Putting Trump’s Budget In Perspective – Progressive.org

To understand the magnitude of Donald Trump’s distorted priorities, we compared Pentagon spending with domestic programs he wants to cut. “Waste” alone dwarfs all other agency spending. Take a look.

To understand the magnitude of Donald Trump’s distorted priorities, we compared Pentagon spending, which Trump wants to increase, with the domestic programs he wants to cut. To help pay for more defense spending, Trump’s budget proposal imposes massive cuts to domestic programs—from foreign aid to research on climate change to safeguards for clean air and water to meals on wheels for the elderly and after-school programs for kids.

Trump also proposes completely eliminating federal funding for the Corporation for Public Broadcasting and National Public Radio, as well as the National Endowment for the Humanities. He takes and axe to federal funding for libraries and museums.

If we can cut enough librarians, scientists and after-school programs for kids, Trump’s budget director calculates, we can fund more weapons programs—including a renewed investment in nuclear weapons.

Source: Putting Trump’s Budget In Perspective – Progressive.org

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Trump-DeVos launch school privatization campaign – Education Votes

President Trump and Secretary of Education DeVos used a private school Florida to kick off their campaign to promote the privatization of public schools.

President Trump and Education Secretary DeVos kicked off their public school privatization tour, but they neglected to mention that so-called school choice disempowers parents and shortchanges students in what is often a chase for profits.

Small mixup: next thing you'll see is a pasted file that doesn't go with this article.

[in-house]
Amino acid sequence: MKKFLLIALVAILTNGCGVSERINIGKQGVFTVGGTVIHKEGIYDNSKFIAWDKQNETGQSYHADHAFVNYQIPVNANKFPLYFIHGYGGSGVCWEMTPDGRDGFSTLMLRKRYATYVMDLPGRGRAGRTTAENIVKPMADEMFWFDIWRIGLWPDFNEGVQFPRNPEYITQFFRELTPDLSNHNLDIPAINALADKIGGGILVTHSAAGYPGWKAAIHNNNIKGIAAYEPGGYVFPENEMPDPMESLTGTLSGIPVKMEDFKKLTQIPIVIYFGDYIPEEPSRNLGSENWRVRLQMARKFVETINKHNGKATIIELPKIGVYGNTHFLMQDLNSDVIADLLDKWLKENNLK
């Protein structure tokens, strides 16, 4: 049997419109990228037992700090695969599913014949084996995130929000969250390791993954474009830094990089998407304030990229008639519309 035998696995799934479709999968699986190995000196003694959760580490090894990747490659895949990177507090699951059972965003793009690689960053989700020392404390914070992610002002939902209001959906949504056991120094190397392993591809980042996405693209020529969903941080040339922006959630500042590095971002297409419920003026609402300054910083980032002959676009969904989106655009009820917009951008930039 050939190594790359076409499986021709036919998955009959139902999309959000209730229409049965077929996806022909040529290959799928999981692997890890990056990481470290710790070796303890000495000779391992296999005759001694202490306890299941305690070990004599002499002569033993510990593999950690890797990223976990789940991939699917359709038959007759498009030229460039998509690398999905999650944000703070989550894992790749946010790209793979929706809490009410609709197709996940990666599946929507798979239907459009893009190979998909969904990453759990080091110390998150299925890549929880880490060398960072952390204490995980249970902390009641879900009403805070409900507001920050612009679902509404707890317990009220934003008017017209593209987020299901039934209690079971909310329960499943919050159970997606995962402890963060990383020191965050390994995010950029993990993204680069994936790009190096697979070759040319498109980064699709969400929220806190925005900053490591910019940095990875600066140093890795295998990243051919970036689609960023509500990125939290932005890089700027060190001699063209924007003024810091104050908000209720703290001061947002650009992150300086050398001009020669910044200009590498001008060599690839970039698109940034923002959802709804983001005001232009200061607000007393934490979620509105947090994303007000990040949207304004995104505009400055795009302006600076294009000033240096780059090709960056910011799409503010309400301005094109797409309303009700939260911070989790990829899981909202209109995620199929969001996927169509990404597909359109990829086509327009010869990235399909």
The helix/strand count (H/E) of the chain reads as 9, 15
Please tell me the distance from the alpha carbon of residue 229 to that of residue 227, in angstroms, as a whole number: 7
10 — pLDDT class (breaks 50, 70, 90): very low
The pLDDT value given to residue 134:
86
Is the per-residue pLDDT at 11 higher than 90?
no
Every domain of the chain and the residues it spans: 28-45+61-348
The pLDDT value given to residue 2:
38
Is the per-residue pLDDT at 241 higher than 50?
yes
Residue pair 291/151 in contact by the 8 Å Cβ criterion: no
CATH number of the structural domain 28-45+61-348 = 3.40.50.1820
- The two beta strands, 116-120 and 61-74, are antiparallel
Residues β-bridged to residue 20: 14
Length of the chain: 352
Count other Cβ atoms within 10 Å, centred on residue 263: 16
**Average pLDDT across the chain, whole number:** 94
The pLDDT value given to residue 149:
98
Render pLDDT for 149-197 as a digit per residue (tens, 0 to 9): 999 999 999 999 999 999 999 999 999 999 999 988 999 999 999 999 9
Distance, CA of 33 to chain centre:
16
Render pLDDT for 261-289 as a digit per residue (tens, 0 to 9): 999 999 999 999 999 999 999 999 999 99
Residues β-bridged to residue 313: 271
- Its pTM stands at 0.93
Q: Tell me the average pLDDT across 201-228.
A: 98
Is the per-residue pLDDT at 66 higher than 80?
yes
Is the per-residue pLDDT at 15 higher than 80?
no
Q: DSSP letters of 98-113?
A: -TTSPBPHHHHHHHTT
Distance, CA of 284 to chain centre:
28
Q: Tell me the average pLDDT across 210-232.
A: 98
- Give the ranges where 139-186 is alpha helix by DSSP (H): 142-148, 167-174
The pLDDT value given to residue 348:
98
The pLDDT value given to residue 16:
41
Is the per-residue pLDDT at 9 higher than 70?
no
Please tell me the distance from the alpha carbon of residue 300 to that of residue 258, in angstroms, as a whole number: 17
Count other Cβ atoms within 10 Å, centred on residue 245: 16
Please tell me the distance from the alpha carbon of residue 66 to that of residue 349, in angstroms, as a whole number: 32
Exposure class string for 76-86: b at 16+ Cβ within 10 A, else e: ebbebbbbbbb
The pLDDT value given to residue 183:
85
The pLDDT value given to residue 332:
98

Source: Trump-DeVos launch school privatization campaign – Education Votes

“Don’t deport our students’ dreams” say college educators as they go to battle for undocumented students – Education Votes

Educators are sounding the alarm that students have become actual targets and collateral damage in the Trump administration’s assault on immigrants.

Educators are sounding the alarm that students have become actual targets and collateral damage in the Trump administration’s assault on immigrants.

Source: “Don’t deport our students’ dreams” say college educators as they go to battle for undocumented students – Education Votes

Federal education law adds critical supports for homeless students – Education Votes

Homeless liaison Jonathan Houston–who has experienced homelessness himself–cheers promising new provisions in ESSA.

Hear from an educator whose own family has experienced homelessness how lawmakers play a role in keeping homeless kids in school.

Source: Federal education law adds critical supports for homeless students – Education Votes

President’s budget advances Trump-DeVos agenda to starve, privatize public schools – Education Votes

The Trump administration is proposing concrete steps to divert $1.4 billion in taxpayer money to private and charter schools.

The Trump budget slashes Education Department funding by a whopping 13.5 percent, sacrificing critical, long-standing services and programs while giving $1.4 billion to voucher and charter school schemes.

Source: President’s budget advances Trump-DeVos agenda to starve, privatize public schools – Education Votes

Shannon Hurd Got a Life Sentence for Stealing $14. Then He Died in Prison From Untreated Cancer.

Despite his relatively minor crime, at trial the state of Louisiana cast Shannon as “the worst kind of defendant. He’s a predator.”

Shannon Hurd’s crime was questionable.